Werewolves. I really am not sure why I love them so much but I always have. When I was spending most of my Saturday afternoons watching Shock Theatre as a kid, Lon Chaney Jr.’s The Wolfman became my hands-down favorite. Later, An American Werewolf in London became my favorite horror film of the 80s and gave me a lifelong admiration for Rick Baker’s work, due mostly to the unforgettable transformation scene.
Recently I showed Beth American Werewolf and was so glad she liked it (she’s usually not up for horror films, but we make it all work somehow). In fact, I was delighted as it’s a film I can watch over and over again, all the while wishing John Landis would do another major project (this was not it). Meeting, and getting to briefly hang out with, David Naughton (the American Werewolf in London) was one of the high points of my book tour last October.
And, of course, there are the werewolves of history. One of the most interesting aspects of the early modern witch hunts in Europe has to do with the French fascination with the loup garrou, the werewolf. Shapeshifters came to be seen as one of Satan’s premier servants, people who could transform into powerful demonic wolves because, like witches, they had made a pact with the Horned Man. In most of the stories, the Devil gave them an ointment that allowed their transformation. Like an evil Estee Lauder. Ok, like a more evil Estee Lauder.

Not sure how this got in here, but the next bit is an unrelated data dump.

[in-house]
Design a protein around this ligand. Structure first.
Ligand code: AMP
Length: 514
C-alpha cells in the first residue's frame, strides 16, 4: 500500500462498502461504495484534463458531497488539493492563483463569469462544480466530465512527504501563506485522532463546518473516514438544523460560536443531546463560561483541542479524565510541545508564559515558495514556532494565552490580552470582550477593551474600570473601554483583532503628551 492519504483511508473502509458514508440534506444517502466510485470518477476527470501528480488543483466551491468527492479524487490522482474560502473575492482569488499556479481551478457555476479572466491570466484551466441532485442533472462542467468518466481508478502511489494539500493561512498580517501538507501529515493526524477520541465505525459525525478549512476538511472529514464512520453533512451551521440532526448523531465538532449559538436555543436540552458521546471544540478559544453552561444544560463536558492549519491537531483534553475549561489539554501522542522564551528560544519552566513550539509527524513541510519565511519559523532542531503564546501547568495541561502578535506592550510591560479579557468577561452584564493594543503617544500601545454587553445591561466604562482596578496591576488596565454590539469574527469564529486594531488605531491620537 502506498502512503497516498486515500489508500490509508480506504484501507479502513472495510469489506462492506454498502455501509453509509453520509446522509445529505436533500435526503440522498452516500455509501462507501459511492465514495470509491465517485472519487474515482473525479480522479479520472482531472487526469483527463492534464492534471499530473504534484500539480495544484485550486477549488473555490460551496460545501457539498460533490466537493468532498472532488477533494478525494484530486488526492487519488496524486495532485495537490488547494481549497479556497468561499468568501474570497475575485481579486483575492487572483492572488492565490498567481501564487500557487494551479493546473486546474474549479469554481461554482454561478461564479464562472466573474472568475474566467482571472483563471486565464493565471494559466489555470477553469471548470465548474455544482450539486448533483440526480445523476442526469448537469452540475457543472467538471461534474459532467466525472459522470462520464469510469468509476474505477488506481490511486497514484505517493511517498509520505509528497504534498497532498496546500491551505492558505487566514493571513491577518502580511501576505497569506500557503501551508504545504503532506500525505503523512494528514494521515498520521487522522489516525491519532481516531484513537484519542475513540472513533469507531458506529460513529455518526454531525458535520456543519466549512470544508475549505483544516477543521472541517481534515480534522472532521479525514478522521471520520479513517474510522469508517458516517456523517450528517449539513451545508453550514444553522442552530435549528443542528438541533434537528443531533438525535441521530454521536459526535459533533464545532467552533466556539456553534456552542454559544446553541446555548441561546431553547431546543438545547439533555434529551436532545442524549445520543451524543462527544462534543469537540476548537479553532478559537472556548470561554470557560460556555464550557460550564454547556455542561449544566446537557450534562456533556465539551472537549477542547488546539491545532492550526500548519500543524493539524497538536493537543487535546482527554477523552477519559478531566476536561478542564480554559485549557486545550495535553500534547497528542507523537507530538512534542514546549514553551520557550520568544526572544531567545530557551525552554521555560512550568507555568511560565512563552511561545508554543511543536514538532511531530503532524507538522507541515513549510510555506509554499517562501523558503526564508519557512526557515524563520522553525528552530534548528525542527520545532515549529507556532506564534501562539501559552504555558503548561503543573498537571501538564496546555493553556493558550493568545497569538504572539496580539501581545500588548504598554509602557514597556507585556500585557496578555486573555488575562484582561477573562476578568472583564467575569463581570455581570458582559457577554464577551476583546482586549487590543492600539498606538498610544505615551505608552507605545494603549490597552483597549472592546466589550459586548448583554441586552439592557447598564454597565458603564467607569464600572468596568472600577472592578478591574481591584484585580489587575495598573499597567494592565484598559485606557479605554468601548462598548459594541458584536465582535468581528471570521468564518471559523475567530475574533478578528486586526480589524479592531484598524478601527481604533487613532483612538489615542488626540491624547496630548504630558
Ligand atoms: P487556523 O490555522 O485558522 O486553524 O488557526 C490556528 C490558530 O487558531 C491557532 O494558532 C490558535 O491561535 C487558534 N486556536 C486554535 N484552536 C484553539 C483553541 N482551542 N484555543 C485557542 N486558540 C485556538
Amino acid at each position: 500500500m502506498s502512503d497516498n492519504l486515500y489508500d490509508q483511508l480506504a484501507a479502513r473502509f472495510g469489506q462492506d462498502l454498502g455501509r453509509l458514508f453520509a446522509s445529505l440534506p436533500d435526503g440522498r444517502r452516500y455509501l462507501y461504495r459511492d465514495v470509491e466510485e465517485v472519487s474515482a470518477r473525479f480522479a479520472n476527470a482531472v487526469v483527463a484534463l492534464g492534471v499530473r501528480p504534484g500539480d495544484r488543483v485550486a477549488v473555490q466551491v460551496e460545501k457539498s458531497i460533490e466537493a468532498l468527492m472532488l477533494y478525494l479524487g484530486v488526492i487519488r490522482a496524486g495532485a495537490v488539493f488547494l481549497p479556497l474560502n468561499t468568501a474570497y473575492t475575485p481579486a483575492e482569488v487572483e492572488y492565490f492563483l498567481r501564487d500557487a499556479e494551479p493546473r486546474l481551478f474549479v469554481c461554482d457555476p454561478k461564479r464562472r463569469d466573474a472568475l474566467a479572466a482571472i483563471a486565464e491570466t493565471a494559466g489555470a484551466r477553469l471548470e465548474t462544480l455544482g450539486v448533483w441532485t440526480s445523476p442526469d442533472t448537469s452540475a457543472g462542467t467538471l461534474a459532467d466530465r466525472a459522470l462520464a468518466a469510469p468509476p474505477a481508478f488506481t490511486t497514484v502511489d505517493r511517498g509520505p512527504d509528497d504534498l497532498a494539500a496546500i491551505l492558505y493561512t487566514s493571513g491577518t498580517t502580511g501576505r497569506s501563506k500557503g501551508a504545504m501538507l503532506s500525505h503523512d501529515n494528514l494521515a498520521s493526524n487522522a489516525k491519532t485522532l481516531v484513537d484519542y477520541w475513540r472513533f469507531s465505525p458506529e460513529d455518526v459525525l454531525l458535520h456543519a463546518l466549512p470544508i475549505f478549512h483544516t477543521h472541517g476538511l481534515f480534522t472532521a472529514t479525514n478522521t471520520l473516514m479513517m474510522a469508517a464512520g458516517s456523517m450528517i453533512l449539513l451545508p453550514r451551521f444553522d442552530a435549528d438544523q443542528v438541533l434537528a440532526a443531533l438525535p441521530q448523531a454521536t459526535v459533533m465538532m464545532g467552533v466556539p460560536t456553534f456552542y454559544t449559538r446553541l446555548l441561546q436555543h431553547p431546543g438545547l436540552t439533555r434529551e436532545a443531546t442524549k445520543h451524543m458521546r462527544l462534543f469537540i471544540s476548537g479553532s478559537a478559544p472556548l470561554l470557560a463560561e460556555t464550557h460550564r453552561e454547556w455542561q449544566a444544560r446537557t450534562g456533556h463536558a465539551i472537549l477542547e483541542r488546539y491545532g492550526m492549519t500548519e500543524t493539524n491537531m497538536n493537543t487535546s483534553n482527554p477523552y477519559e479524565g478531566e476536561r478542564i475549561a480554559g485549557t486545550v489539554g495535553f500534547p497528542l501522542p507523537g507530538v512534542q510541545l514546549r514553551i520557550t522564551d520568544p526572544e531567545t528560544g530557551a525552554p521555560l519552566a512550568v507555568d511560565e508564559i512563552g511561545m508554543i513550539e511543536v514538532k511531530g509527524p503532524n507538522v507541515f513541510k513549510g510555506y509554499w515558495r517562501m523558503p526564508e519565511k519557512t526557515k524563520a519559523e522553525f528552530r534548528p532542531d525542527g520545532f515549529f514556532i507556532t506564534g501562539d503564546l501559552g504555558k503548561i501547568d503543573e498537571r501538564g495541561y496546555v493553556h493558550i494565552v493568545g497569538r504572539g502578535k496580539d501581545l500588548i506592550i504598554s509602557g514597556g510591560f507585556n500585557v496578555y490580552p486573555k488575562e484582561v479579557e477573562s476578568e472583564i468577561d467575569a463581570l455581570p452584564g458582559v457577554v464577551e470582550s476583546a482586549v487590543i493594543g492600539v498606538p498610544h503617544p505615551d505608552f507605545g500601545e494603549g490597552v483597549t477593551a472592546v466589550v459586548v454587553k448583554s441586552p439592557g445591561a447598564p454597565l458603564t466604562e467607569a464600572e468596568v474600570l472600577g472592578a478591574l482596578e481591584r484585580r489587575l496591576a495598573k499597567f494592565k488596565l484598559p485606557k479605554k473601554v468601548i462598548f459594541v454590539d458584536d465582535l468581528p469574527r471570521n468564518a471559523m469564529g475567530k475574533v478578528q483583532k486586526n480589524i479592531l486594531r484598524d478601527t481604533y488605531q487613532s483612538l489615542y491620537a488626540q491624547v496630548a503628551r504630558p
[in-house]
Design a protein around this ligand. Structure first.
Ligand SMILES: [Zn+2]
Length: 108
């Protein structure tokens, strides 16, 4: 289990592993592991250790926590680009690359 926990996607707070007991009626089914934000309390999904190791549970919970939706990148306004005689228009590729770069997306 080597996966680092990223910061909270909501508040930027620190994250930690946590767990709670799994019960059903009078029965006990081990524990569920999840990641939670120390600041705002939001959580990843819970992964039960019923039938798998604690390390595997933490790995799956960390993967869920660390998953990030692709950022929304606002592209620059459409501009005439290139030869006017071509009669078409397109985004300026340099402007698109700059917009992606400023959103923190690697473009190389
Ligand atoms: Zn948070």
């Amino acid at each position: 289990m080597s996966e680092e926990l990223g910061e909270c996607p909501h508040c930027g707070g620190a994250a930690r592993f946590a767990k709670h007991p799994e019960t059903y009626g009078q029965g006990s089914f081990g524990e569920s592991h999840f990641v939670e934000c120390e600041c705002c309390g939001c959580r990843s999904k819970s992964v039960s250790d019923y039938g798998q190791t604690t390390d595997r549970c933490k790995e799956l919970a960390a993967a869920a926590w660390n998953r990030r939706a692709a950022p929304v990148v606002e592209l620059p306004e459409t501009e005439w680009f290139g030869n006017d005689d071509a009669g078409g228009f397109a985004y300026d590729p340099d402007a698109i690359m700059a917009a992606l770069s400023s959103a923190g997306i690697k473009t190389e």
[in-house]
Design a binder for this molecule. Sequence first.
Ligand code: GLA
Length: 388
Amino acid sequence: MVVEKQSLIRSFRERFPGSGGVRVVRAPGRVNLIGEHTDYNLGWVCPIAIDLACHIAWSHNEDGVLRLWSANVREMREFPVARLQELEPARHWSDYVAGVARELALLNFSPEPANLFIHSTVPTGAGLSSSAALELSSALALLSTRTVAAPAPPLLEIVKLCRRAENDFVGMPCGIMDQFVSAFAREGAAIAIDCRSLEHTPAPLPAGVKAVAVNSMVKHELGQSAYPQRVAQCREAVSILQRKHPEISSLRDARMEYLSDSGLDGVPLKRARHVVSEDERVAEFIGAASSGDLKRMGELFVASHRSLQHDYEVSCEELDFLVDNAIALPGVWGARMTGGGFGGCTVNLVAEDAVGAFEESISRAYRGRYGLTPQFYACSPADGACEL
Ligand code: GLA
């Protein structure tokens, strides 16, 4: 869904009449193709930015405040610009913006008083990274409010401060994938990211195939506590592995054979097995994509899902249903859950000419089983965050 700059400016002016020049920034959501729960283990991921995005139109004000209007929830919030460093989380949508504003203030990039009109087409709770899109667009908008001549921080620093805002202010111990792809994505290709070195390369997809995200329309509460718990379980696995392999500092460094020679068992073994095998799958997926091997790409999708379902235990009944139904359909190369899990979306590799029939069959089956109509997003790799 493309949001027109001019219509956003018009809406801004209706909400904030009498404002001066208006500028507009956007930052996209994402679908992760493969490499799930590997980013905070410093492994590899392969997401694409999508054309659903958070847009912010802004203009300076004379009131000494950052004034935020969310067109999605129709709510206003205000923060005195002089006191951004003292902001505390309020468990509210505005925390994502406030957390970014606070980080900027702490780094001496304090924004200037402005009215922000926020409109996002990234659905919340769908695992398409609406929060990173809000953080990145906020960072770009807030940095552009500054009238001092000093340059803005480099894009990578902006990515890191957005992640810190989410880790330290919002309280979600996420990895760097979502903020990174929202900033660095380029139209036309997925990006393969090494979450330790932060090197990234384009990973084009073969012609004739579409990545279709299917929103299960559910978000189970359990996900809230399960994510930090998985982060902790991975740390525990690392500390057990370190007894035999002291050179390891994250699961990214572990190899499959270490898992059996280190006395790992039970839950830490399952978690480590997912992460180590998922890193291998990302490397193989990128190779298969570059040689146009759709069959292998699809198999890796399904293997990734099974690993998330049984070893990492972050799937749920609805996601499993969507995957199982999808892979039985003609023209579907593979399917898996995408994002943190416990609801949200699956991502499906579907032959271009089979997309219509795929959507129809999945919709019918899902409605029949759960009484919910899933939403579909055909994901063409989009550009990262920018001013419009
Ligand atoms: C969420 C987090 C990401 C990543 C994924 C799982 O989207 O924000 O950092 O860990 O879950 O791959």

I’m currently reading Jay M. Smith’s Monsters of Gevaudan: The Making of a Beast that explores the panics over a werewolf-like monster terrorized southern France in the 1760s. I’ll probably post a review here when I’m done. Everything I’ve read suggests that this is an incredibly important work of cultural history that locates monster tales in the story of emerging modernity…or at least in the emergence of a narrative about modernity.
No new blog post this previous week…both because of a head cold that would not die (and then seemed to come back for inevitable and inferior sequels) and because of all the other writing and prep work I’ve been doing.
March will be a busy month for me, including no less than three roundtable discussions about everything from our fascination with the apocalypse to evil and the meaning of the Frankenstein tale. I’m especially excited about the latter, taking place at Canisius College in Buffalo, because I’ll sit on the panel with two of my favorite novelists—Sheri Holman (Witches on the Road Tonight) and Christopher Bram (Gods and Monsters—the basis of the Oscar-winning film.).
Later this month, I’ll be giving the keynote at Coastal Carolina’s Phi Alpha Theta ceremony, probably talking about monsters and the history of the body. I’m also a guest at the UCF Book Festival in Orlando at the end of the month.
Keep an eye out for more blog posts coming soon. I’ve decided that, as the spring gets busier, I hope to post more, but shorter, ruminations on Monsters in America.
Have you picked up Monsters in America yet? Thought about using it for a class? Here and here are a couple of reviews. I’ve also been skyping into classes the last couple of semesters that have been using the book and that have been great fun. I’ll skype into yours too!